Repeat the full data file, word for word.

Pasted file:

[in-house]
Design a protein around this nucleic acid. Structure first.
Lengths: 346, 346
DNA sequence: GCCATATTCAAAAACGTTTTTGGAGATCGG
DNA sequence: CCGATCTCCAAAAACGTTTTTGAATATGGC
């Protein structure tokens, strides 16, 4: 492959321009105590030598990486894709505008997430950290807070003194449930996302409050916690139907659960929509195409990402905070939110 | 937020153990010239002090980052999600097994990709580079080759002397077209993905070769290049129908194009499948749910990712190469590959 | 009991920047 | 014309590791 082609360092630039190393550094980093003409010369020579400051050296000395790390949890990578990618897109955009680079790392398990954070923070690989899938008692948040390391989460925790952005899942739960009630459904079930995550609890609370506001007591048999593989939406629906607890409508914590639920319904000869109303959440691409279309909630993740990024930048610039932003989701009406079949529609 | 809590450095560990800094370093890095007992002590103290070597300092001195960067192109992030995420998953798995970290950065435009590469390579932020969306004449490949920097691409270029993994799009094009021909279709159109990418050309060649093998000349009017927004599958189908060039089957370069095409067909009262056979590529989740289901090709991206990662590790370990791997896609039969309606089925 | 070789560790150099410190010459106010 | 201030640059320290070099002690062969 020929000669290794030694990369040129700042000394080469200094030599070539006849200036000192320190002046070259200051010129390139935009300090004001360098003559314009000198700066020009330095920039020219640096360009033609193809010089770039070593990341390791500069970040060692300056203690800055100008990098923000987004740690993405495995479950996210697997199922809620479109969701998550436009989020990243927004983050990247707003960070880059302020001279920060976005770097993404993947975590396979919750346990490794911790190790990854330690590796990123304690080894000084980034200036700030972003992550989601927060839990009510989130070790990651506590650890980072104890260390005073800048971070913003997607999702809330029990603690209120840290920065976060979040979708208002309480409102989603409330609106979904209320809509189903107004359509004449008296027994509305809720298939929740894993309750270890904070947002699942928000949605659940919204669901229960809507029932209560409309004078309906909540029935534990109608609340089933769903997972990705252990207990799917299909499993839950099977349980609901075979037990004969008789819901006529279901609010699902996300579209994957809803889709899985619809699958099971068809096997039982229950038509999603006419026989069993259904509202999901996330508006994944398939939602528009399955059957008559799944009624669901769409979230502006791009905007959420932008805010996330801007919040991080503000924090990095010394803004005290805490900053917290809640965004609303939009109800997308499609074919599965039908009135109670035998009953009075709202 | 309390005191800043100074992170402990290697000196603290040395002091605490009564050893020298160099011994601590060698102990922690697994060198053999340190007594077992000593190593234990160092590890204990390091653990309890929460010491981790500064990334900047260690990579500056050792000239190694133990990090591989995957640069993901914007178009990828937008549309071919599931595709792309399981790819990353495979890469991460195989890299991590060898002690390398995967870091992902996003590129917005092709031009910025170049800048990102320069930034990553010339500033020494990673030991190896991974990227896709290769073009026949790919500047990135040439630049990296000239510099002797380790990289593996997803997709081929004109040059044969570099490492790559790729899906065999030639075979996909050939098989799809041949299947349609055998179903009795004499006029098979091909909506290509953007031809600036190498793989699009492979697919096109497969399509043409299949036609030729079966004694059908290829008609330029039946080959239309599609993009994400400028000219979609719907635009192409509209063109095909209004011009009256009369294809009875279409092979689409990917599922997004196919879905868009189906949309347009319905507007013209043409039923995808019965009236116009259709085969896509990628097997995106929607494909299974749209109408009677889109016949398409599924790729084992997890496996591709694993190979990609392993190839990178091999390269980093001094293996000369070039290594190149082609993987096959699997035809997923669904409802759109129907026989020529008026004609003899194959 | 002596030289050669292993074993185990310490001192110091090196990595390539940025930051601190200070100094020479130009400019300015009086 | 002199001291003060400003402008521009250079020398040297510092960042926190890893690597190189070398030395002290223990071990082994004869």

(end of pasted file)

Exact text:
[in-house]
Design a protein around this nucleic acid. Structure first.
Lengths: 346, 346
DNA sequence: GCCATATTCAAAAACGTTTTTGGAGATCGG
DNA sequence: CCGATCTCCAAAAACGTTTTTGAATATGGC
């Protein structure tokens, strides 16, 4: 492959321009105590030598990486894709505008997430950290807070003194449930996302409050916690139907659960929509195409990402905070939110 | 937020153990010239002090980052999600097994990709580079080759002397077209993905070769290049129908194009499948749910990712190469590959 | 009991920047 | 014309590791 082609360092630039190393550094980093003409010369020579400051050296000395790390949890990578990618897109955009680079790392398990954070923070690989899938008692948040390391989460925790952005899942739960009630459904079930995550609890609370506001007591048999593989939406629906607890409508914590639920319904000869109303959440691409279309909630993740990024930048610039932003989701009406079949529609 | 809590450095560990800094370093890095007992002590103290070597300092001195960067192109992030995420998953798995970290950065435009590469390579932020969306004449490949920097691409270029993994799009094009021909279709159109990418050309060649093998000349009017927004599958189908060039089957370069095409067909009262056979590529989740289901090709991206990662590790370990791997896609039969309606089925 | 070789560790150099410190010459106010 | 201030640059320290070099002690062969 020929000669290794030694990369040129700042000394080469200094030599070539006849200036000192320190002046070259200051010129390139935009300090004001360098003559314009000198700066020009330095920039020219640096360009033609193809010089770039070593990341390791500069970040060692300056203690800055100008990098923000987004740690993405495995479950996210697997199922809620479109969701998550436009989020990243927004983050990247707003960070880059302020001279920060976005770097993404993947975590396979919750346990490794911790190790990854330690590796990123304690080894000084980034200036700030972003992550989601927060839990009510989130070790990651506590650890980072104890260390005073800048971070913003997607999702809330029990603690209120840290920065976060979040979708208002309480409102989603409330609106979904209320809509189903107004359509004449008296027994509305809720298939929740894993309750270890904070947002699942928000949605659940919204669901229960809507029932209560409309004078309906909540029935534990109608609340089933769903997972990705252990207990799917299909499993839950099977349980609901075979037990004969008789819901006529279901609010699902996300579209994957809803889709899985619809699958099971068809096997039982229950038509999603006419026989069993259904509202999901996330508006994944398939939602528009399955059957008559799944009624669901769409979230502006791009905007959420932008805010996330801007919040991080503000924090990095010394803004005290805490900053917290809640965004609303939009109800997308499609074919599965039908009135109670035998009953009075709202 | 309390005191800043100074992170402990290697000196603290040395002091605490009564050893020298160099011994601590060698102990922690697994060198053999340190007594077992000593190593234990160092590890204990390091653990309890929460010491981790500064990334900047260690990579500056050792000239190694133990990090591989995957640069993901914007178009990828937008549309071919599931595709792309399981790819990353495979890469991460195989890299991590060898002690390398995967870091992902996003590129917005092709031009910025170049800048990102320069930034990553010339500033020494990673030991190896991974990227896709290769073009026949790919500047990135040439630049990296000239510099002797380790990289593996997803997709081929004109040059044969570099490492790559790729899906065999030639075979996909050939098989799809041949299947349609055998179903009795004499006029098979091909909506290509953007031809600036190498793989699009492979697919096109497969399509043409299949036609030729079966004694059908290829008609330029039946080959239309599609993009994400400028000219979609719907635009192409509209063109095909209004011009009256009369294809009875279409092979689409990917599922997004196919879905868009189906949309347009319905507007013209043409039923995808019965009236116009259709085969896509990628097997995106929607494909299974749209109408009677889109016949398409599924790729084992997890496996591709694993190979990609392993190839990178091999390269980093001094293996000369070039290594190149082609993987096959699997035809997923669904409802759109129907026989020529008026004609003899194959 | 002596030289050669292993074993185990310490001192110091090196990595390539940025930051601190200070100094020479130009400019300015009086 | 002199001291003060400003402008521009250079020398040297510092960042926190890893690597190189070398030395002290223990071990082994004869």